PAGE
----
Brantford firefighters embrace change to 24-hour shifts

Local fire department begins trial of 24-hour shifts.

By Adam Stocker and Devon Momy-Gamache

After seven years of negotiating and planning, the Brantford Fire Department adopted a new shift schedule that took effect Feb. 22.

Firefighters now work one 24-hour shift followed by three days of rest. Previously, firefighters worked four 10-hour shifts and had four days off, followed by four 14-hour night shifts and another four days off to end the cycle.
The new system was designed to allow more rest between shifts. The extra rest is designed to help firefighters remain more alert while working.

“I found it tough to balance it out and then come back [the next night], especially if we had a busy four nights,” said firefighter Dave Searles. “I found it hard to catch back up on my sleep. With a 24[-hour shift], you’re back at home again so it’s not too bad. You just sleep better at home.”

Fellow firefighter Patrick Vinczec agreed. “On the four-night schedule, by the third night I was exhausted. It seems on the 24-hour shift, each shift I come in fresher and I’m into the shift and ready to do my job.”

The Brantford Professional Firefighters Association (BPFA) has been advocating for the shift change to help the firefighters improve their personal lives as well. “I get to spend a lot more time at home and being a part of my kids’ lives,” said Searles. “I’m sure the other guys enjoy getting to spend more time at home with their families too.”

“I love my job and the guys I work with but I love my family more,” said Vinczec. “With this schedule, I know if I work Christmas, I’ll have Christmas Eve off, so it’s better that way.”

Maintaining a healthy amount of rest helps firefighters remain alert while working and potentially increase their training efforts. Under the old system, eight of the 14 hours on shift were designated for sleep, although calls throughout the night prevented firefighters from getting eight consecutive hours of sleep.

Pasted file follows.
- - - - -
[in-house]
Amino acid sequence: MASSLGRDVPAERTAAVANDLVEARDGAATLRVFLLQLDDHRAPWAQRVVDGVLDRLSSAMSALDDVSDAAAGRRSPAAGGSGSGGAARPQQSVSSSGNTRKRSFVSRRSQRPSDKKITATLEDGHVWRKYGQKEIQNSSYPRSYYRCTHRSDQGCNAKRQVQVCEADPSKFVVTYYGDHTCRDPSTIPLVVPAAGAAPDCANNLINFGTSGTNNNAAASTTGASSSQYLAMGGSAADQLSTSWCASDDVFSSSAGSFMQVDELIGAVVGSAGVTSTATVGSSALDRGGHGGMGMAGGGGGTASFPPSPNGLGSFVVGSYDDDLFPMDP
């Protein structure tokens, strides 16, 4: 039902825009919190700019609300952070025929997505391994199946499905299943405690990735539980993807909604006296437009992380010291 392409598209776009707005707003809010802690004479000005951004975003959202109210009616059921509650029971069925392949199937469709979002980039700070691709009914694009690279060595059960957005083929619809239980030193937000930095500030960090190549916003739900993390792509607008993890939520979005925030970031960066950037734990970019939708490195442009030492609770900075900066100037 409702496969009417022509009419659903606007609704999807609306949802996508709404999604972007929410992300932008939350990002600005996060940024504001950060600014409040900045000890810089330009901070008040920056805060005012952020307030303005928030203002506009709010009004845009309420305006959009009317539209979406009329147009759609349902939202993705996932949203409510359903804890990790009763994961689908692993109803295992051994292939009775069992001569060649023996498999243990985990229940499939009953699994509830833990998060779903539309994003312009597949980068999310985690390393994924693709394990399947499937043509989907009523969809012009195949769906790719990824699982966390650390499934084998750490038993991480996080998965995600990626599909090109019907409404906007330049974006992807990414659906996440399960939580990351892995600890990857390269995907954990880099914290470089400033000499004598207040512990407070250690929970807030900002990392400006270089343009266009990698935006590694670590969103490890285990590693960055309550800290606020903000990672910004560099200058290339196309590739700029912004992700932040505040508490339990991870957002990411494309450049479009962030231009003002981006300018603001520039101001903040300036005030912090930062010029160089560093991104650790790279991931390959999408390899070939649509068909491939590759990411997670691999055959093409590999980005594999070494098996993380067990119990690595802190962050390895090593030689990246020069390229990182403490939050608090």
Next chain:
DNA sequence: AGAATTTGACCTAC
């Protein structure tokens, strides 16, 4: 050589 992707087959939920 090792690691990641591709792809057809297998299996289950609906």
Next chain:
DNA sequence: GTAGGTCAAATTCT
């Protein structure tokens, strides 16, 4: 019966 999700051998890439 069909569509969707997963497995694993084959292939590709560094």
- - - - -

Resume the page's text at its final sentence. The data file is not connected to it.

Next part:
“Our last set [of night shifts], we had a call down at the river. We were out most of the night and then we had two fires back to back. So I probably spent two to three days recovering after that just getting my sleep back, and that for me was the hardest part,” said Searles.

The new shift change is a four-year trial. After the trial period, a joint committee of the BPFA and the management committee will make a final decision. “We (the committee) will be monitoring training and absences, because if this is healthier lifestyle for the firefighters there should be less absences, response times and overtime to make sure when we transition to 24-hour shifts, this is successful the firefighters and the corporation,” said Fire Chef Jeff McCormick.

The change will affect 106 firefighters in Brantford. McCormick said he was not expecting any increase in costs due to the change.

The fire department and the BPFA have been negotiating the new system since 2009 but are not behind other municipalities of similar sizes. Nineteen of 29 cities with a smaller population than Brantford are either still either in the process of negotiating a change or are still operating under the old system with no current plans to change. Twenty-three of 26 cities with a larger population have already made the change.